Pro tip: If you’re traveling this busy holiday season, look for the automated screening lanes at Miami International Airport’s Concourse D — they’re designed to get you through security faster.
The two new lanes, which are only available to American Airlines passengers, debuted this month at the Concourse D international connector checkpoint, in partnership with American — which is funding them — the Transportation Security Administration and the Miami-Dade Aviation Department. That makes MIA the 11th airport in the U.S. to debut the technology. The airport expects to expand to more lanes at a later point, said Daniel Ronan, federal security director for the TSA in Miami.
But don’t expect a robot to be sorting through your belongings or pushing them into the X-ray machine. The “automated” process speeds the conveyer belt system that moves travelers’ carry-on belongings into the X-ray machine for screening. Human monitors are still required.
Automated lanes debuted at Hartsfield–Jackson Atlanta International Airport in May 2016 and are currently in airports in New York, Los Angeles, Las Vegas, Dallas, Chicago and Minneapolis. Internationally, automated lanes can also be found at airports in London, Dublin, Amsterdam and Dubai.
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Ralph Lopez, American Airlines’ vice president for the Miami hub, said the new technology has lessened the time travelers spend in security lines by about 20 to 25 percent in the airports that already have the automated screening lanes.
“It’s been overwhelmingly positive. We are seeing a great improvement in throughput and the speed of transit through the checkpoints so it’s really exciting,” Lopez said. “...Bringing automated screening lanes to Miami was a priority for the American team. We worked diligently to launch these lanes well before Thanksgiving to give TSA and other staff members plenty of time to acclimate to the new process and the new technology.”
The lanes have been running at MIA since Oct. 10, Lopez said, and the feedback so far has been positive. The airport is hoping the new technology will help ease some of the stress of the holiday travel season. About 3.8 million travelers flew through MIA in November and December last year — about 17 percent of the total passenger traffic in 2016.
The new technology has lowered the time travelers spend in security lines by about 20 to 25 percent in the airports that already have the automated screening lanes.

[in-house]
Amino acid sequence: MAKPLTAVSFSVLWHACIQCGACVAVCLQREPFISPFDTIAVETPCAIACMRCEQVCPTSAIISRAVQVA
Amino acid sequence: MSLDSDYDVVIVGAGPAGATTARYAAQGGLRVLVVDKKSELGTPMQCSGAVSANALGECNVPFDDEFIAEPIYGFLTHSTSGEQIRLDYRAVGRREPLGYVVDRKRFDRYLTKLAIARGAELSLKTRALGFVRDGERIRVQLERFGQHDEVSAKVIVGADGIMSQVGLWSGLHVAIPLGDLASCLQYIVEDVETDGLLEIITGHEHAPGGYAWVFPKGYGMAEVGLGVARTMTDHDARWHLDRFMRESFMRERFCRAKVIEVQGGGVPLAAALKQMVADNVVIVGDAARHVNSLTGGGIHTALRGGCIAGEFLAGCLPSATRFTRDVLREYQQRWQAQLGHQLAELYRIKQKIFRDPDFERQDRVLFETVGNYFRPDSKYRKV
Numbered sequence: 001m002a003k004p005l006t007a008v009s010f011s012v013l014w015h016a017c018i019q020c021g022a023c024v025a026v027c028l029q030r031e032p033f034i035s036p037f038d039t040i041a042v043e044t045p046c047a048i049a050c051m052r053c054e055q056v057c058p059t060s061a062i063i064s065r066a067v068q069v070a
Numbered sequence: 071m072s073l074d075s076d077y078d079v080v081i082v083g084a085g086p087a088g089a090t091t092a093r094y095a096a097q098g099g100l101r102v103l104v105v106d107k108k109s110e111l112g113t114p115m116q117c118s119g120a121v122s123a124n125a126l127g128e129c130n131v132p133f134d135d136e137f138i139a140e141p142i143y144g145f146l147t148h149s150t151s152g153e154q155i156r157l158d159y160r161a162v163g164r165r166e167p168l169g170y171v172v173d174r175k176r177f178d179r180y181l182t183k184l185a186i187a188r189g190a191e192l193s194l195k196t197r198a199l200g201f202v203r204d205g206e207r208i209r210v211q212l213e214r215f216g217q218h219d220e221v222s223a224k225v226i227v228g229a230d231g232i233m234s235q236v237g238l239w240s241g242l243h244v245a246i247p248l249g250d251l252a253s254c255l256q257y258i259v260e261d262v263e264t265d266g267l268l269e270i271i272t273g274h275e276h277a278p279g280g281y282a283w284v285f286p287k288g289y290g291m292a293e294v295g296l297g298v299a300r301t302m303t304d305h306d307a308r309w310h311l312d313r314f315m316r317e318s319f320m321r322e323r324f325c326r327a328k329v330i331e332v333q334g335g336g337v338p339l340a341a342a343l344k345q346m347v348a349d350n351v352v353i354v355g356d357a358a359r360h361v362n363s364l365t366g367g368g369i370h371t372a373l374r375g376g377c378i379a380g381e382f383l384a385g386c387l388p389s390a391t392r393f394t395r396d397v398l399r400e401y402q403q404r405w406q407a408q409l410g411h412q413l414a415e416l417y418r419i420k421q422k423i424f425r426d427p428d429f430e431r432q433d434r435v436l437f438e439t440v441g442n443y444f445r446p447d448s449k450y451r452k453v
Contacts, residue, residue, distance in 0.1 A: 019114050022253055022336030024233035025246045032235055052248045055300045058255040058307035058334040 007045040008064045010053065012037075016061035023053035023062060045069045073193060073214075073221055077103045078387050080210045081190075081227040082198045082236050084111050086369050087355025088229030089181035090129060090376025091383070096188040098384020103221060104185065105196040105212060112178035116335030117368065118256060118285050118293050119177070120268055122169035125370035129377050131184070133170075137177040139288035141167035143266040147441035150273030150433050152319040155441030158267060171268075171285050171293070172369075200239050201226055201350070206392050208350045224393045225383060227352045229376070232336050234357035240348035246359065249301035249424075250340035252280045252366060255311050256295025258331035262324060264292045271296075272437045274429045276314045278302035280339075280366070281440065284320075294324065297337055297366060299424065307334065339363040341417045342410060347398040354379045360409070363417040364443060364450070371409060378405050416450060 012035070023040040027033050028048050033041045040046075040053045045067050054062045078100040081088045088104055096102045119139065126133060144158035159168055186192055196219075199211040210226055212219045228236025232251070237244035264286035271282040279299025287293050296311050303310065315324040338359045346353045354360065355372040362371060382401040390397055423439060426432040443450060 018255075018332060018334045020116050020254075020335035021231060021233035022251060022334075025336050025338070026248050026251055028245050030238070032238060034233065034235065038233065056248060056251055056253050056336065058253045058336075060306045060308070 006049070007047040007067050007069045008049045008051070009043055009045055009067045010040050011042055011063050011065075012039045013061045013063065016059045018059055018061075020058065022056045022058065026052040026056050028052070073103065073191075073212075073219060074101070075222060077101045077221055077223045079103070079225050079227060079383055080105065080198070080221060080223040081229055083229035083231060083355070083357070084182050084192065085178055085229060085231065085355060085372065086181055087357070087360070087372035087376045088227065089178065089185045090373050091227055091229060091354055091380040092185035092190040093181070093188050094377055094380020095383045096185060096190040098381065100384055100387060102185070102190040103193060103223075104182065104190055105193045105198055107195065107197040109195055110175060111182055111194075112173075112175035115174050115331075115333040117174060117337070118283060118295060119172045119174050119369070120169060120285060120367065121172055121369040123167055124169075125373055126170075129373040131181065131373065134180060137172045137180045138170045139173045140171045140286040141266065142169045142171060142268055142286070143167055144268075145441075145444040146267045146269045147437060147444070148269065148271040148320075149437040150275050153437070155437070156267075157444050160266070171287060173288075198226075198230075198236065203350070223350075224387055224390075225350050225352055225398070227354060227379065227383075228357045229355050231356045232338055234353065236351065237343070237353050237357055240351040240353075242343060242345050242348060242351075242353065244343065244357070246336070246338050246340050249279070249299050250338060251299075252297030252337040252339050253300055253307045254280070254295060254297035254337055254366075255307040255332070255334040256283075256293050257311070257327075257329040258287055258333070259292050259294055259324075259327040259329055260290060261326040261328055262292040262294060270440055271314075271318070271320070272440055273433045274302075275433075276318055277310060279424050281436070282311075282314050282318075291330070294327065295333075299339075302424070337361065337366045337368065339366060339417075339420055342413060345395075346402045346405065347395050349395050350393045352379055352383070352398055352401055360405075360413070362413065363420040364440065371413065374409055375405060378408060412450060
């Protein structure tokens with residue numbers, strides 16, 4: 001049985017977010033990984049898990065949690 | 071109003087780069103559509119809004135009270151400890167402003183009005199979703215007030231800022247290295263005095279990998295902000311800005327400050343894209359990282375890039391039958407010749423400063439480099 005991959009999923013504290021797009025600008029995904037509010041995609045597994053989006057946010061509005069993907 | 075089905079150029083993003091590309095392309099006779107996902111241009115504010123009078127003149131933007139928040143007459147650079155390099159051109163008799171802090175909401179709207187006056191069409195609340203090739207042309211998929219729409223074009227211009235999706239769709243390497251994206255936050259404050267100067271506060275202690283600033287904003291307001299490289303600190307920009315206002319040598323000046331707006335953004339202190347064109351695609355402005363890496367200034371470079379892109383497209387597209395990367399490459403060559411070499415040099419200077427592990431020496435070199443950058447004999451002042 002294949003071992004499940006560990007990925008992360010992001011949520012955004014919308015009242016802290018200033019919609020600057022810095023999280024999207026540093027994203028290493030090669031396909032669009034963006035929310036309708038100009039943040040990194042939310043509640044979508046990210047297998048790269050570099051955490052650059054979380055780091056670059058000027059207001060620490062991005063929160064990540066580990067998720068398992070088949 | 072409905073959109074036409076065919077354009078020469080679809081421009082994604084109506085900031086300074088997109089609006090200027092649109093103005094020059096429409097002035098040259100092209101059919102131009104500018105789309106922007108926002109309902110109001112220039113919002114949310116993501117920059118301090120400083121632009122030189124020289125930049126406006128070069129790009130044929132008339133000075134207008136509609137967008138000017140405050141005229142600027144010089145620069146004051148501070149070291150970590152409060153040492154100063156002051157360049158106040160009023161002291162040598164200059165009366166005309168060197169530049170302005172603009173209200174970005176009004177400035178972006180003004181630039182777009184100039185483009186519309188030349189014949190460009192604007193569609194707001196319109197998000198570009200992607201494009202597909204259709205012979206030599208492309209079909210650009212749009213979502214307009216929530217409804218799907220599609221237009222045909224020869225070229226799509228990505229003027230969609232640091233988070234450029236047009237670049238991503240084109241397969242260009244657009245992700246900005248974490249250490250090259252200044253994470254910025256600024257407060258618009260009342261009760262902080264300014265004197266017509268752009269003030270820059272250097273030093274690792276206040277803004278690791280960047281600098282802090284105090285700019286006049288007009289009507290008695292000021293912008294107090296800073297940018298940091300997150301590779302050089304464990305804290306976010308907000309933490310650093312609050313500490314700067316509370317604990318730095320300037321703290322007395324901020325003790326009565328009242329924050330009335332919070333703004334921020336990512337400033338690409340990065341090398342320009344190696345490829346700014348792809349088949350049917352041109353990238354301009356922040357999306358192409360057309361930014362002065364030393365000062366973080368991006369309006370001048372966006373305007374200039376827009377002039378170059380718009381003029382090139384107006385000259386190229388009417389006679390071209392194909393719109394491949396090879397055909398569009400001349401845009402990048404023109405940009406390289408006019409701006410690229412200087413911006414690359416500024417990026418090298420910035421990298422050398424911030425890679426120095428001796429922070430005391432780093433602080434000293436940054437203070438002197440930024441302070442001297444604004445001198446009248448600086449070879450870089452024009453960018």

SmarterTravel.com, an expert travel website, said that anecdotally, members of its editorial team who have gone through the lanes find them more organized, though one person said passengers seemed confused by the new procedure.
“SmarterTravel recommends that travelers continue to arrive at least two hours before their flight to give themselves time to check in and get through security, especially since the procedure may not be what you expect,” said Sarah Schlichter, senior editor at SmarterTravel, in a statement.
Traveler Jeff Buckles, of Fort Payne, Alabama, went through the new security lanes at MIA in just a few minutes Tuesday morning. He said he’s never been through lanes similar to those, but that he felt the process was speedier than the traditional lanes. “It was smooth,” he said.
How it works
The lanes are different from traditional security lines in a few ways. Instead of funneling all passengers through the end point of the X-ray conveyer belt, the automated lanes feature four stations — meaning a quicker traveler is less likely to get stuck behind slower ones. And instead of waiting for TSA personnel to replenish bins, each station is automatically restacked.
Bins in the new lanes are 25 percent larger than in traditional lanes, allowing passengers to fit most of their belongings, including rolling bags, into just one bin. (Electronics still have to go in their own bins with nothing above or below them).
The bins are under each station, not off to one side, so passengers can just pull one up, fill it with gear and push the bin into an automatic conveyor belt that runs into the X-ray scanner.
The process won’t change the usual TSA requirements: Shoes and belts still have to come off, and liquids must go in zip-lock bags outside of luggage.
But the time it takes for TSA to process those items will be quicker, Ronan said.
“So if you’re one of those well-traveled passengers who knows exactly what you’re doing and hate to wait, you can go to a different divesting station that’s open, put your stuff in, push and go,” Ronan said. “You can now work at your own pace instead of working at the pace of the passenger in front of you.”
The bins then travel through the X-ray machine. If TSA officer monitoring the machine finds anything that needs further inspection, those items are diverted by the conveyor belt to a separate area. That saves the TSA officers time too, Ronan said, because they don’t have to stop the process, get up, and pull the bin that needs to be searched out of the machine. TSA can also screen multiple bins at the same time.
Once the bins are cleared, they go directly to the passengers. Bins then go back to the stations via a conveyor belt, which means no waiting for a TSA officer to roll in a new set of bins when the available ones run out.
“It’s all happening automatically without any disruption to the screening process,” Ronan said.